Two positron-emission tomography (PET) experiments explored the neural basis of selective spatial attention in vision and touch, testing for modality-specific versus multimodal activations due to attended side. In the first study, either light flashes or finger vibrations were presented bilaterally. Twelve healthy volunteers were scanned while sustaining covert attention on the left or right hemifield within each modality. The main effect for attending right minus left, across both modalities, revealed bimodal spatial attention effects in the left intraparietal sulcus and left occipitotemporal junction. Modality-specific attentional effects (again, for attending right vs. left) were found in the left superior occipital gyms for vision, and left superior postcentral gyms for touch. No significant activations were seen for attending left minus right. The second study presented only tactile stimuli, manipulating whether the eyes were open or closed, and including passive stimulation and rest baselines. The unimodal activation for tactile spatial attention in the left superior postcentral gyms was replicated. The bimodal activation of the left intraparietal sulcus observed in the first study was now found for touch, but only when the eyes were open (hands visible), apparently confirming its multimodal nature. These results reveal mechanisms of sustained spatial attention operating at both modality-specific and multimodal levels.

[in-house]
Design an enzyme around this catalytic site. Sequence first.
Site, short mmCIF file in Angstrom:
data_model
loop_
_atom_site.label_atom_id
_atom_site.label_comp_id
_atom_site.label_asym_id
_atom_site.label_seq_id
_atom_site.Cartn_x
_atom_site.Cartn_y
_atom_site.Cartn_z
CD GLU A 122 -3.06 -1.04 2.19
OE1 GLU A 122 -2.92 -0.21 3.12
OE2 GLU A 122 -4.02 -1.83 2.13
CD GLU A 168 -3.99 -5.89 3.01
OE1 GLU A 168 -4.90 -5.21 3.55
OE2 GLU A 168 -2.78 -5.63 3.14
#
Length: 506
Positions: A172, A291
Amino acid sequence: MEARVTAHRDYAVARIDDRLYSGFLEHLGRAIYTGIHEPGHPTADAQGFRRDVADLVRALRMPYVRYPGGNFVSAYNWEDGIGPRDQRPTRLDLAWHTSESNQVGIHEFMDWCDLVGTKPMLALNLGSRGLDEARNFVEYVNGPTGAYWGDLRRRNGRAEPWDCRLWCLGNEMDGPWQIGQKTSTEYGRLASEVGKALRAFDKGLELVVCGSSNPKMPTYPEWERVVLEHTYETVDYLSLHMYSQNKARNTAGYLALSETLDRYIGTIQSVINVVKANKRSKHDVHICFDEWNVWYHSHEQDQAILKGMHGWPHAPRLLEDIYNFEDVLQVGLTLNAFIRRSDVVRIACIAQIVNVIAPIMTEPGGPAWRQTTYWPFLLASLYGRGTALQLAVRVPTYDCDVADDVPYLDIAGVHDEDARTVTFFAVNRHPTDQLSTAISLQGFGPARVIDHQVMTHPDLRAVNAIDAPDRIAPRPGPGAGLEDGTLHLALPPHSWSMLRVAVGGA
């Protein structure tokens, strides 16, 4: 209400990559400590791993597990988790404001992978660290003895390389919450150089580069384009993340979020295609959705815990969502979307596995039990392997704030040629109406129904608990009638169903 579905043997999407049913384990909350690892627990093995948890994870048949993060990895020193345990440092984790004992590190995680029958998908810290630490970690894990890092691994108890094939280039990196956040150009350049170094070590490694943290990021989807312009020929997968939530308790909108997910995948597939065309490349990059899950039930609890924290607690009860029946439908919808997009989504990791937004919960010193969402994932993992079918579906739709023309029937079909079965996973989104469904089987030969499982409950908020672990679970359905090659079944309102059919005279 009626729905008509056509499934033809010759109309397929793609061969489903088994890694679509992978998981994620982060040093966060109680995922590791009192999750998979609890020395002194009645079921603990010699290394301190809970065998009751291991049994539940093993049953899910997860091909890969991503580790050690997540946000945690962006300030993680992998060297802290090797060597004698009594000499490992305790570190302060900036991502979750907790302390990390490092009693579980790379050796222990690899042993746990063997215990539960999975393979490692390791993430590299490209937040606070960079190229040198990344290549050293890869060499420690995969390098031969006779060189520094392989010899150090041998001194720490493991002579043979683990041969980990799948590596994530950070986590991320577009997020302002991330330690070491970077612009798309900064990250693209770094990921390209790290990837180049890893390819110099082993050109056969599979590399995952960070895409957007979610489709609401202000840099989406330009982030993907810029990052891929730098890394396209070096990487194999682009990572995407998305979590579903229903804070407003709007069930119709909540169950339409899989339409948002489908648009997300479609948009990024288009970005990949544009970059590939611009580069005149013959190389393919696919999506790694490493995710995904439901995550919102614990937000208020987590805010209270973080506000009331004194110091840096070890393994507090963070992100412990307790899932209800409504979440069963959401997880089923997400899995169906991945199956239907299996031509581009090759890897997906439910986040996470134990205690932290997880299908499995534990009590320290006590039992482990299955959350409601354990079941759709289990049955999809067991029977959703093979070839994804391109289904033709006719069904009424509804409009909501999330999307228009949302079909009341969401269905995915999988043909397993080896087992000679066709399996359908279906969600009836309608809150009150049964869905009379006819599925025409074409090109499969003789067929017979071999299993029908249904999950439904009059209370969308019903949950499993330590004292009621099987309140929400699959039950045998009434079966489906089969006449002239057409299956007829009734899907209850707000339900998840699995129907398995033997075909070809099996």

|Number of pages||14|
|Journal||Journal of Neurophysiology|
|Publication status||Published - 2000|
ASJC Scopus subject areas